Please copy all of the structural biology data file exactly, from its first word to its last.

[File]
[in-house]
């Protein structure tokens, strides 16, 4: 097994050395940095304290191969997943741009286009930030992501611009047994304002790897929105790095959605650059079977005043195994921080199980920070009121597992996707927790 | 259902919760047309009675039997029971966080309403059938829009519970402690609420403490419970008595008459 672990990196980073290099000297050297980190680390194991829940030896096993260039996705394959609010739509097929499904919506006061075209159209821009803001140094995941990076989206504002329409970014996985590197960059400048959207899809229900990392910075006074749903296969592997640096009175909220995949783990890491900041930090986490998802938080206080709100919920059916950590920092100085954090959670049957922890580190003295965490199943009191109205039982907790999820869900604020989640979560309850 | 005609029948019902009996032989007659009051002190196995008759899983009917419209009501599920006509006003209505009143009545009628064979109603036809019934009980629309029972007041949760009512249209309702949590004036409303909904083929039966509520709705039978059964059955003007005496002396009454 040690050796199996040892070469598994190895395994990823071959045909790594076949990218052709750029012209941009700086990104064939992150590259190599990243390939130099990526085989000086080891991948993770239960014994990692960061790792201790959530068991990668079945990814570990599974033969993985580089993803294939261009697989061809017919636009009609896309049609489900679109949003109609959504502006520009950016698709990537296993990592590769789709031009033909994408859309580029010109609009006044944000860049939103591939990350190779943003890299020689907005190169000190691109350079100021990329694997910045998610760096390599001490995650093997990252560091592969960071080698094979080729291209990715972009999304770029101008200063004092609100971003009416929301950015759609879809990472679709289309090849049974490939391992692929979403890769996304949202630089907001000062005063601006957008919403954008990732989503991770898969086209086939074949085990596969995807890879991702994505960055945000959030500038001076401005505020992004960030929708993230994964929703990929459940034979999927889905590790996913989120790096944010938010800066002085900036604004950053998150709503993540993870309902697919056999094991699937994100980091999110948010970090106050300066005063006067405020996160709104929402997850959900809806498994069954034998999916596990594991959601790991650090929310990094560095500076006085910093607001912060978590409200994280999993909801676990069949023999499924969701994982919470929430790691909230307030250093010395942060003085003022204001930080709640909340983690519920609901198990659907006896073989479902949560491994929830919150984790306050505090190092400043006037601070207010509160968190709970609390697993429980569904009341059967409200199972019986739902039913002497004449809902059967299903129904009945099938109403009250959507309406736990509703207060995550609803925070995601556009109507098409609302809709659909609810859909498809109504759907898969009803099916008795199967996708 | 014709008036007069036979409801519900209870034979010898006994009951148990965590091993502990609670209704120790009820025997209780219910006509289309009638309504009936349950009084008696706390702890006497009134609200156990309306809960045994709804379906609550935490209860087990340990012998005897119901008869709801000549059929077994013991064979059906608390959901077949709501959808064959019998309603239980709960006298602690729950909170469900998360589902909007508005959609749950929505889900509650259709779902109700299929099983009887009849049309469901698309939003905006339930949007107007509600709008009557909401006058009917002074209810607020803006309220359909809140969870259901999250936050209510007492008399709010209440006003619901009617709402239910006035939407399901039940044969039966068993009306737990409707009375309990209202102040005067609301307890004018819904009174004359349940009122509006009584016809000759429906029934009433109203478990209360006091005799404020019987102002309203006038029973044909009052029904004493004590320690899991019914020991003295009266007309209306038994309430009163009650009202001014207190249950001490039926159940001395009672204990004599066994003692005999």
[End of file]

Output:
[in-house]
């Protein structure tokens, strides 16, 4: 097994050395940095304290191969997943741009286009930030992501611009047994304002790897929105790095959605650059079977005043195994921080199980920070009121597992996707927790 | 259902919760047309009675039997029971966080309403059938829009519970402690609420403490419970008595008459 672990990196980073290099000297050297980190680390194991829940030896096993260039996705394959609010739509097929499904919506006061075209159209821009803001140094995941990076989206504002329409970014996985590197960059400048959207899809229900990392910075006074749903296969592997640096009175909220995949783990890491900041930090986490998802938080206080709100919920059916950590920092100085954090959670049957922890580190003295965490199943009191109205039982907790999820869900604020989640979560309850 | 005609029948019902009996032989007659009051002190196995008759899983009917419209009501599920006509006003209505009143009545009628064979109603036809019934009980629309029972007041949760009512249209309702949590004036409303909904083929039966509520709705039978059964059955003007005496002396009454 040690050796199996040892070469598994190895395994990823071959045909790594076949990218052709750029012209941009700086990104064939992150590259190599990243390939130099990526085989000086080891991948993770239960014994990692960061790792201790959530068991990668079945990814570990599974033969993985580089993803294939261009697989061809017919636009009609896309049609489900679109949003109609959504502006520009950016698709990537296993990592590769789709031009033909994408859309580029010109609009006044944000860049939103591939990350190779943003890299020689907005190169000190691109350079100021990329694997910045998610760096390599001490995650093997990252560091592969960071080698094979080729291209990715972009999304770029101008200063004092609100971003009416929301950015759609879809990472679709289309090849049974490939391992692929979403890769996304949202630089907001000062005063601006957008919403954008990732989503991770898969086209086939074949085990596969995807890879991702994505960055945000959030500038001076401005505020992004960030929708993230994964929703990929459940034979999927889905590790996913989120790096944010938010800066002085900036604004950053998150709503993540993870309902697919056999094991699937994100980091999110948010970090106050300066005063006067405020996160709104929402997850959900809806498994069954034998999916596990594991959601790991650090929310990094560095500076006085910093607001912060978590409200994280999993909801676990069949023999499924969701994982919470929430790691909230307030250093010395942060003085003022204001930080709640909340983690519920609901198990659907006896073989479902949560491994929830919150984790306050505090190092400043006037601070207010509160968190709970609390697993429980569904009341059967409200199972019986739902039913002497004449809902059967299903129904009945099938109403009250959507309406736990509703207060995550609803925070995601556009109507098409609302809709659909609810859909498809109504759907898969009803099916008795199967996708 | 014709008036007069036979409801519900209870034979010898006994009951148990965590091993502990609670209704120790009820025997209780219910006509289309009638309504009936349950009084008696706390702890006497009134609200156990309306809960045994709804379906609550935490209860087990340990012998005897119901008869709801000549059929077994013991064979059906608390959901077949709501959808064959019998309603239980709960006298602690729950909170469900998360589902909007508005959609749950929505889900509650259709779902109700299929099983009887009849049309469901698309939003905006339930949007107007509600709008009557909401006058009917002074209810607020803006309220359909809140969870259901999250936050209510007492008399709010209440006003619901009617709402239910006035939407399901039940044969039966068993009306737990409707009375309990209202102040005067609301307890004018819904009174004359349940009122509006009584016809000759429906029934009433109203478990209360006091005799404020019987102002309203006038029973044909009052029904004493004590320690899991019914020991003295009266007309209306038994309430009163009650009202001014207190249950001490039926159940001395009672204990004599066994003692005999």